Thursday, December 1, 2011

The gift before the holidays

We are down to the last few classes of the semester and I don't have time to start a new unit. My classes are semester-long classes, so I need some quality ideas around which to plan my last few classes before the end. As students take time off to complete college applications, study for the SAT, and due to sickness, these lessons would ideally be self-contained, one block lessons.

My perfect solution has come in the form of TED talks. I have been a great fan of TED Talks since introduced to them by @kdsl at a professional development session about two years ago. Adora Svitak hooked me and I've been using TED talks with students ever since.

The first TED talk lesson we did this week was a talk by Malcolm Gladwell "The Strange Case of the Norden Bombsight." The talk tells of the creator of a device created to guide bombs accurately from planes to their target. As in all intriguing stories, there are twists and turns as the story unravels. The consequences are unexpected and unintended.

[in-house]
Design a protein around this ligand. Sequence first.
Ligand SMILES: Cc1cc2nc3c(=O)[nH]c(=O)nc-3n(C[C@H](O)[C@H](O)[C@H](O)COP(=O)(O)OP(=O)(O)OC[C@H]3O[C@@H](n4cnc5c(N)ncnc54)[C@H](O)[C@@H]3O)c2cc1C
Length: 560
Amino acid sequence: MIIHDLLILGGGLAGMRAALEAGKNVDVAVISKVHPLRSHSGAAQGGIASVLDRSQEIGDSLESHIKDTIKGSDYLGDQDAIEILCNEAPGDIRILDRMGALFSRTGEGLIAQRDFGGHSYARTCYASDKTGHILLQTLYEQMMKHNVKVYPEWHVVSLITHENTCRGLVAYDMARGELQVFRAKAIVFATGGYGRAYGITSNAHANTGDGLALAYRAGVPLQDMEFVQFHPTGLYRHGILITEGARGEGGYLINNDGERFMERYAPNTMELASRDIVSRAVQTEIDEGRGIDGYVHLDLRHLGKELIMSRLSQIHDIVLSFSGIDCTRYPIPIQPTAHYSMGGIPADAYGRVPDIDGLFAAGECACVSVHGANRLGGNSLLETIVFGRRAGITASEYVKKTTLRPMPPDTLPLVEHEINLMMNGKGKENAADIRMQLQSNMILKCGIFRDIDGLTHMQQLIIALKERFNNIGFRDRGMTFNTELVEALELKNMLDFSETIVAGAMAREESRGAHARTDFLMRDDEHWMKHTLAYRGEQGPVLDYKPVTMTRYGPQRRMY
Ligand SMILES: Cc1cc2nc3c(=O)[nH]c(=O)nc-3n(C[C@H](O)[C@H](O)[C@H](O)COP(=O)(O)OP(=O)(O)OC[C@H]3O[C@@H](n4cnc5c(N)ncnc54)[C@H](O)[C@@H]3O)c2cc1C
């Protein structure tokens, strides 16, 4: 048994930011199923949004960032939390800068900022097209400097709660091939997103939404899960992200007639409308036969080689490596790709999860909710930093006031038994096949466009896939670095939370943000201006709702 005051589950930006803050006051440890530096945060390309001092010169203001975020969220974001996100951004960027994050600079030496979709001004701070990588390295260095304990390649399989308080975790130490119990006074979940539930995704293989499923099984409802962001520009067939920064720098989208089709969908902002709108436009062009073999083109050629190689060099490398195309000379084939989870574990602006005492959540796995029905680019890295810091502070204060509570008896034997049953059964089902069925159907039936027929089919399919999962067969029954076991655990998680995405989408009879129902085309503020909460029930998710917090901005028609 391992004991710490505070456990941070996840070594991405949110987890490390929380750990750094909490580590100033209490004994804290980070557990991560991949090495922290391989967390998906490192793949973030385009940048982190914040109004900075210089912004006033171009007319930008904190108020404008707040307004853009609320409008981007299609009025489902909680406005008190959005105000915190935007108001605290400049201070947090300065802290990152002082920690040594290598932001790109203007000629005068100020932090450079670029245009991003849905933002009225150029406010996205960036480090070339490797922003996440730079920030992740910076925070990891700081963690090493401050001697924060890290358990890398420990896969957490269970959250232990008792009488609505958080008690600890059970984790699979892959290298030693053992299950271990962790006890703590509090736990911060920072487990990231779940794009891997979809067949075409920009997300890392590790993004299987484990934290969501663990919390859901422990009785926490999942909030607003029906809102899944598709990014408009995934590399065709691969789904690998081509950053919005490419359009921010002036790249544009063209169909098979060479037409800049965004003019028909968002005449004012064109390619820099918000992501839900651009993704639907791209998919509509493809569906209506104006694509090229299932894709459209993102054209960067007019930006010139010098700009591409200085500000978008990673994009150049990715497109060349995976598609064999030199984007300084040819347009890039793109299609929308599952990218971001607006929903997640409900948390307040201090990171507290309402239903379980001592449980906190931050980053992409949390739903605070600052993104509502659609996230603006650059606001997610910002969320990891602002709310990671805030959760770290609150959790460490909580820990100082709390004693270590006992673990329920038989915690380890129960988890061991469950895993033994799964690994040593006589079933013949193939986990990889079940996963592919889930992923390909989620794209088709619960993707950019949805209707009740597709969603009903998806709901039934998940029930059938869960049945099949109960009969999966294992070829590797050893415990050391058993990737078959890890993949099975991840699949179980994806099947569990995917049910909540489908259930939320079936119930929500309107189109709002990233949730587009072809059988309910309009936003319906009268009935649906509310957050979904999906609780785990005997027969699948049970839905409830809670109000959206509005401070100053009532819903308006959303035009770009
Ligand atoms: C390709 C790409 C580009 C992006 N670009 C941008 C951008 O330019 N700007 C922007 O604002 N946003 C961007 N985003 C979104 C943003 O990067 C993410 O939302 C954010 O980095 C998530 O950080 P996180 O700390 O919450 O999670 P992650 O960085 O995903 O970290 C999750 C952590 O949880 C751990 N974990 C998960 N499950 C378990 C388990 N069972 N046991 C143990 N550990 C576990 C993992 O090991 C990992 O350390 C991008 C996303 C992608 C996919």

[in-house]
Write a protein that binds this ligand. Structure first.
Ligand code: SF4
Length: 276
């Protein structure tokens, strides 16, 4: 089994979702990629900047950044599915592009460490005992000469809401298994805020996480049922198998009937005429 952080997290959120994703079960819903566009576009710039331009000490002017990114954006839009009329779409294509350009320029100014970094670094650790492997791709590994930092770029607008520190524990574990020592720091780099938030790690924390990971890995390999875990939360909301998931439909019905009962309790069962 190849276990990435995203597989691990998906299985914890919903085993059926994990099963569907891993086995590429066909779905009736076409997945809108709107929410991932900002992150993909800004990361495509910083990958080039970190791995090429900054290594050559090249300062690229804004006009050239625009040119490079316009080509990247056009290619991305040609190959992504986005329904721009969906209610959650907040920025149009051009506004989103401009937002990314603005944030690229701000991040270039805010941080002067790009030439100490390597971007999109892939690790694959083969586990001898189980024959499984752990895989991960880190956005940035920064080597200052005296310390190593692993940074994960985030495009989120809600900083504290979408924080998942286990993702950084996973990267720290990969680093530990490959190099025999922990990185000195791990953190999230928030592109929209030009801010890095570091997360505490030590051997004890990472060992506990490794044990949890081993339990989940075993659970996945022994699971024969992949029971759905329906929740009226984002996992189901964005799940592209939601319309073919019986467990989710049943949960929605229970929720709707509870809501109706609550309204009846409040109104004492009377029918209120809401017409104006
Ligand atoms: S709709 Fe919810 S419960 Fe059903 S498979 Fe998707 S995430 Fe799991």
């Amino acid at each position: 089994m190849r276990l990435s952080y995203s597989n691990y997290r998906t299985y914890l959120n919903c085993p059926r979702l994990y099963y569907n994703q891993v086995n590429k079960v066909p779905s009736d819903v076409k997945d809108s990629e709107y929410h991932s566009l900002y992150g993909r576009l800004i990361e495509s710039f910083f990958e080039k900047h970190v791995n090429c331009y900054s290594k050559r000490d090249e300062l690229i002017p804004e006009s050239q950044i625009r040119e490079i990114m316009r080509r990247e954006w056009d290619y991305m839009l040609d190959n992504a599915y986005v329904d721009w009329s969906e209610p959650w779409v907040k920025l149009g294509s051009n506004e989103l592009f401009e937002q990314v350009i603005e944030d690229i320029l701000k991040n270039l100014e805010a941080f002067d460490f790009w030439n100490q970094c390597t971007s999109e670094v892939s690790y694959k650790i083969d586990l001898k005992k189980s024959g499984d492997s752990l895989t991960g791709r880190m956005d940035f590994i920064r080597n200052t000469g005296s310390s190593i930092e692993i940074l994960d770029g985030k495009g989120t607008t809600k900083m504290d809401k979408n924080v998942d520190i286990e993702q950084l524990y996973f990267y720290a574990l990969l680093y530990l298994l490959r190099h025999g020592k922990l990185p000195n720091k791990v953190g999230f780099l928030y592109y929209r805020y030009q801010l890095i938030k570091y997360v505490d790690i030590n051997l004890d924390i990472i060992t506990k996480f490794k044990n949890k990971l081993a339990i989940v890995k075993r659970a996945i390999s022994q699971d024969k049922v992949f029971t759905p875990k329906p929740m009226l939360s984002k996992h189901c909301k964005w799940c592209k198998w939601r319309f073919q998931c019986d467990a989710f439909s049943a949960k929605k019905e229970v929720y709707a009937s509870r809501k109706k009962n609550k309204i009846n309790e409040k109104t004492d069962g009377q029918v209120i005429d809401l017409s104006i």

With my juniors and seniors, I began the lesson by asking students to spend some time considering questions about consequences. I asked them to define consequence, think about how consideration of consequences affected their choices, how often they think we accurately predict consequences, whether or not we predict consequences better or worse than they really are, and what unintended consequences are. I shared some stories from my life of unintended consequences. These were light stories that were not meant as moral lesson but more of a "you don't know what's going to happen when you....." type of story.

We then watched Gladwell's video. Students then had a few further questions to consider cooperatively and as a whole class in discussion. We ended with students brainstorming inventions that may have had unintended consequences.

The class was not necessarily something someone with a PhD in Philosophy would have immediately recognized as a Philosophy class, but as a Philosophy teacher - as any kind of teacher - my first priority is to get my students thinking. They were able to hear a story and share with one another ideas that they had in response to the story. They thought about a few things in a new way today. These last few periods before Christmas break are not wasted. In fact, this freedom to start something short that we don't have to finish up in a rush, it's a gift.

Here's the Gladwell video


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